eSports and fandom Where gaming gets serious
With licensed Pro Gamers, huge sponsorship deals, and millions of online viewers, eSports seems to have finally cracked into the mainstream media. What started as a small college competition back in the 70s has taken the world by storm today, turning competitive gaming into a serious money maker.
Even the US, which long ignored the eSports phenomenon, has woken up to its increasing dominance and is making rapid strides into the burgeoning business. But long used to the culture of traditional sports, how are regular Americans taking to this new emerging trend? Are they wary that it is fast redefining sports entertainment, or are they eager to jump on the eSports bandwagon? Piplsay (powered by Market Cube) finds out*:
Given the buzz around it, it is not surprising that almost 60% of Americans today are aware of eSports. Though it’s popularity and revenue is no match to that of Basketball, Football, etc. it nevertheless is gaining a lot of attention. With traditional sports moguls like Micheal Jordan and celebrities like Drake investing into esports teams, and brands like Intel and Nike sponsoring major tournaments and leagues, eSports has started to look a lot like professional sports. The staggering prize pool, record viewership numbers, structured scheduling, and salaries that pro gamers draw, further blur any remaining distinction.
The 2018 DOTA 2 tournaments had a total prize pool of $41.26 million, just short of the Wimbledon 2018 prize of $43.8 million
Similarly, the 2017 League of Legends world championship drew over 106 million viewers, almost at par with the 2018 Superbowl audience. Playing a critical role in the promotion of esports have been streaming platforms like YouTube and Twitch. From live-streams of competitions, eSports channels to personal streams of players, these platforms offer a lot of options for fans to stay engaged. Close to 40% of Americans today watch eSports streamers, and about 28% of them follow their favorite teams on their channels. While the older generation still prefers watching traditional spectator sports, it’s mostly the teens and millennials who are driving up the demand for esports.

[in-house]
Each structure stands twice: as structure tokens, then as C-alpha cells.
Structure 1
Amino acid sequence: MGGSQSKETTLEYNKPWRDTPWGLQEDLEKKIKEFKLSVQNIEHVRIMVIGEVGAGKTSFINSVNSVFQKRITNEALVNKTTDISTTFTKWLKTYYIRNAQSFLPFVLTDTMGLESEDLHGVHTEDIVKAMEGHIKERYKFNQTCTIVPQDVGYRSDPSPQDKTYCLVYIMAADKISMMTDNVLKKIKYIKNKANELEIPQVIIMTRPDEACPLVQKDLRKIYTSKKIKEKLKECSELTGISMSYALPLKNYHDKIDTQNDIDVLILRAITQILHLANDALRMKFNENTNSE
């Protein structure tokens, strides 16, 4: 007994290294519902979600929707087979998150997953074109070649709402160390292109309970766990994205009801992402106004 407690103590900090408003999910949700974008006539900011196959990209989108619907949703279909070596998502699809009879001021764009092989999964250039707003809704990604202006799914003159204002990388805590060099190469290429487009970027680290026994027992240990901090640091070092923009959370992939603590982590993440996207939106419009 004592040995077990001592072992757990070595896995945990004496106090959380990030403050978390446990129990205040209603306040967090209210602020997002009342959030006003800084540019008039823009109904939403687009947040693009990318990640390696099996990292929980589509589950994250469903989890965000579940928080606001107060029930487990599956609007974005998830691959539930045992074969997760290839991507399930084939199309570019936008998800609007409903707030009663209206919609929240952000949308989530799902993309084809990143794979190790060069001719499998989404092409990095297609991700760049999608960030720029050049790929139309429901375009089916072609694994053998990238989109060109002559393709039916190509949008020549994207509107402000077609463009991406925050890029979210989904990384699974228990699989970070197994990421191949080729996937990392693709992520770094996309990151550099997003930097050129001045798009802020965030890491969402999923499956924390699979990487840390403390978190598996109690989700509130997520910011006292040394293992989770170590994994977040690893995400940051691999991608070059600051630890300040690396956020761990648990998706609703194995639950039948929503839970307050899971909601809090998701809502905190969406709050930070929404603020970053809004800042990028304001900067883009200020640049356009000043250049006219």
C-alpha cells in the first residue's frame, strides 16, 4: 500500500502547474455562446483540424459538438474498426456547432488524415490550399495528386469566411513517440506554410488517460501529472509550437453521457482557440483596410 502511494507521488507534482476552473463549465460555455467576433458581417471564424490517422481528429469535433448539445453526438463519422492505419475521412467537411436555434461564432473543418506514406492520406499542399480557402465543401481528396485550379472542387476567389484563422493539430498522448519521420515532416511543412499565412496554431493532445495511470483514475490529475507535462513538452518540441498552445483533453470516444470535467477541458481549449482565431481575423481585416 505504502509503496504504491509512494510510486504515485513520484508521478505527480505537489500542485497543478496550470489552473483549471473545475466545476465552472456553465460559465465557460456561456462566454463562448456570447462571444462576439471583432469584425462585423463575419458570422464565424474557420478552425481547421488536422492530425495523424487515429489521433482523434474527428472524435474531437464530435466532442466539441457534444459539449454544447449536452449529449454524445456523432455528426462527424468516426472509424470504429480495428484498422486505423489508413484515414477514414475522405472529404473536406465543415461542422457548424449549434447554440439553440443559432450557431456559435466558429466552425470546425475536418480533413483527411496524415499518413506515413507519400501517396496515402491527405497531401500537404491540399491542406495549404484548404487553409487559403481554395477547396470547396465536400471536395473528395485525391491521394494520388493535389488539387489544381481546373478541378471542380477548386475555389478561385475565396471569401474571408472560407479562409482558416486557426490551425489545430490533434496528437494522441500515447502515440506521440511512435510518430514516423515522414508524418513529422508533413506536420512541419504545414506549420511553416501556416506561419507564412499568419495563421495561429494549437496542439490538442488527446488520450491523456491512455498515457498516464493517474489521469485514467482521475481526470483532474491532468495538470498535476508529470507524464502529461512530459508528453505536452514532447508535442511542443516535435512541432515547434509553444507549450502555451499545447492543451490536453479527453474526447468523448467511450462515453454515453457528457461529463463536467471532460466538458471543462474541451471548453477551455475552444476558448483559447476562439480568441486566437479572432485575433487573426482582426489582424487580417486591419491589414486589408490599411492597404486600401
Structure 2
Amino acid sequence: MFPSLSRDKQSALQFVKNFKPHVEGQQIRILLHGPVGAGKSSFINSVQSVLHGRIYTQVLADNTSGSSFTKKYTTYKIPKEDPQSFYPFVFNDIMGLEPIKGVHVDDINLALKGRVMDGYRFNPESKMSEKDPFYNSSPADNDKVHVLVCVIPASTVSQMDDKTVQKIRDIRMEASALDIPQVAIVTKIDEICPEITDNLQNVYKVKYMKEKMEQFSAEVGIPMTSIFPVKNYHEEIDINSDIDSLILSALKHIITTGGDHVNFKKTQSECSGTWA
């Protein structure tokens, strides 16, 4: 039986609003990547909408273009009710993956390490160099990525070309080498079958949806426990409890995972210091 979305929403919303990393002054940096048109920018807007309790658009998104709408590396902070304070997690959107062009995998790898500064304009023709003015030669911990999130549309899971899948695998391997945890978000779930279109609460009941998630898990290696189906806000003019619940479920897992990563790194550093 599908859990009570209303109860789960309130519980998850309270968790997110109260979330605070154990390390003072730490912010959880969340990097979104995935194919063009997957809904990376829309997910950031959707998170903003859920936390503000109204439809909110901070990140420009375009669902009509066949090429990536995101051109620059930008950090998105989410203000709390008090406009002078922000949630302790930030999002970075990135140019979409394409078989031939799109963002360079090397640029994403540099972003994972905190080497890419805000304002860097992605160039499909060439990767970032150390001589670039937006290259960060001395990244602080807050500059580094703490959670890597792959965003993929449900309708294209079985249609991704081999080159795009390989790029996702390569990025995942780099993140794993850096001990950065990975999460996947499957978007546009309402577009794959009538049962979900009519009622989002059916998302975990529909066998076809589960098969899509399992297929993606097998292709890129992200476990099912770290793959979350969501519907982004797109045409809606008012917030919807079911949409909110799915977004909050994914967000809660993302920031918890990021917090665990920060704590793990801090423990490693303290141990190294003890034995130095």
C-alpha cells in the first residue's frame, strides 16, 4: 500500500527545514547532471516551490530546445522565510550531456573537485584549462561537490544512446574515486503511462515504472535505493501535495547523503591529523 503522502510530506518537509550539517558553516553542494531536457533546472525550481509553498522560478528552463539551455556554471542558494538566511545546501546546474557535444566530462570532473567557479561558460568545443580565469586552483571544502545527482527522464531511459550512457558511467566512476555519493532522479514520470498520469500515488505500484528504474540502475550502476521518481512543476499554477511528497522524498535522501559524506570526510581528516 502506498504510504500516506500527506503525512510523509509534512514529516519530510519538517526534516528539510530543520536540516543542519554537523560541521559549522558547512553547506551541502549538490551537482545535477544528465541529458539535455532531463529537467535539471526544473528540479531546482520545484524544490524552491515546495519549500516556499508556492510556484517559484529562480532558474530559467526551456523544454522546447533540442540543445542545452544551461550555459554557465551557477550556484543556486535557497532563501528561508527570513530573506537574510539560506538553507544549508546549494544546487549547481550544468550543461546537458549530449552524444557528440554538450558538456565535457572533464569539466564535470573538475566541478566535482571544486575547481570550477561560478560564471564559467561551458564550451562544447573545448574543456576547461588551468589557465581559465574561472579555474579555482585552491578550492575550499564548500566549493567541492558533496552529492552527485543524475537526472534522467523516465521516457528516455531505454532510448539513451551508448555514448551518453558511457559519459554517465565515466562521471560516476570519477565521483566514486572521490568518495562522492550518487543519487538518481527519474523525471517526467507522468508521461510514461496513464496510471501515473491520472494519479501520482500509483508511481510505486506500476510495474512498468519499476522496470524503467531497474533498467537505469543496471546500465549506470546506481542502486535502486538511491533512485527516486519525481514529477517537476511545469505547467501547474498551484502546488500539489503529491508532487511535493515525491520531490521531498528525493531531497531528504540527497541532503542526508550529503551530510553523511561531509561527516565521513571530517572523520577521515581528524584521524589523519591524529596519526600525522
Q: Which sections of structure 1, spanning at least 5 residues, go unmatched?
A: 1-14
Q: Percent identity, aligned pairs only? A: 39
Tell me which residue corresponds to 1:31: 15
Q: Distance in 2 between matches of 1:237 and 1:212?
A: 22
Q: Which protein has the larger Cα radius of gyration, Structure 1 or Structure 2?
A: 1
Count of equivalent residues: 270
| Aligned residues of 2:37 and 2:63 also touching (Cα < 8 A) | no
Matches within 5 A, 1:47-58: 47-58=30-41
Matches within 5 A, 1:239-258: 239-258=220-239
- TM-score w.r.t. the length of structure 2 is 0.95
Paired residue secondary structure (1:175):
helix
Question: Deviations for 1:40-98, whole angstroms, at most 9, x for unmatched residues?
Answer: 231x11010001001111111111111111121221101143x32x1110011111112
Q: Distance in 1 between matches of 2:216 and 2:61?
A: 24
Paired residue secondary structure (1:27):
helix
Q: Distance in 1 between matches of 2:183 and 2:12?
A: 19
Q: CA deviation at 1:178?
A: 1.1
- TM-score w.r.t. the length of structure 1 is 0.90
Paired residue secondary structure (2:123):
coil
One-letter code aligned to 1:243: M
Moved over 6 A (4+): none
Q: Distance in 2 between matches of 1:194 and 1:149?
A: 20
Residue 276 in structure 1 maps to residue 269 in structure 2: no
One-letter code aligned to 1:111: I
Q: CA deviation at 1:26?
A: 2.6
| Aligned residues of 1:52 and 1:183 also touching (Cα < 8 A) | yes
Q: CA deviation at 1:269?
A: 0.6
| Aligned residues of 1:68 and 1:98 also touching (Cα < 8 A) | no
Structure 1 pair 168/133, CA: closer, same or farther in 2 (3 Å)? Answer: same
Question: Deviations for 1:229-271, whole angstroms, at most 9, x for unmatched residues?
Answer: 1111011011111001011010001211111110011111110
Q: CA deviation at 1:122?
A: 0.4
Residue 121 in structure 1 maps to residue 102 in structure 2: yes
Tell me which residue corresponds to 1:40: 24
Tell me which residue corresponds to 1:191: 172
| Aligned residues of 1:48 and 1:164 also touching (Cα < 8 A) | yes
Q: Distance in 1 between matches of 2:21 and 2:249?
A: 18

The growing interest in professional gaming among the younger generation has started reflecting across the country as well. An increasing number of schools and colleges today have their own eSports programs, with a few even offering athletic scholarships to professional players. Even athletic associations like NCAA and NAIA are inching towards formally including esports in varsity collegiate sports.
All of this also comes under the larger debate of whether esports should be given the same legitimacy as traditional sports. While fans undoubtedly want it to be treated at par, as reiterated by 32% of Piplsay respondents, skeptics have a hard time associating eSports with ‘real’ sports, given the lack of physical exertion and health concerns. Still, this argument doesn’t take away the fact that gaming is a serious profession. Not only do pro gamers train 8-10 hours a day perfecting their skills and techniques, many even follow a strict diet and fitness regimen to stay on top of the game. With so much investment and exposure, including national broadcasts on ESPN and ABC, the esports industry in America has become too big to be ignored. The rising fandom is proof of that.
*Based on 18,800 online responses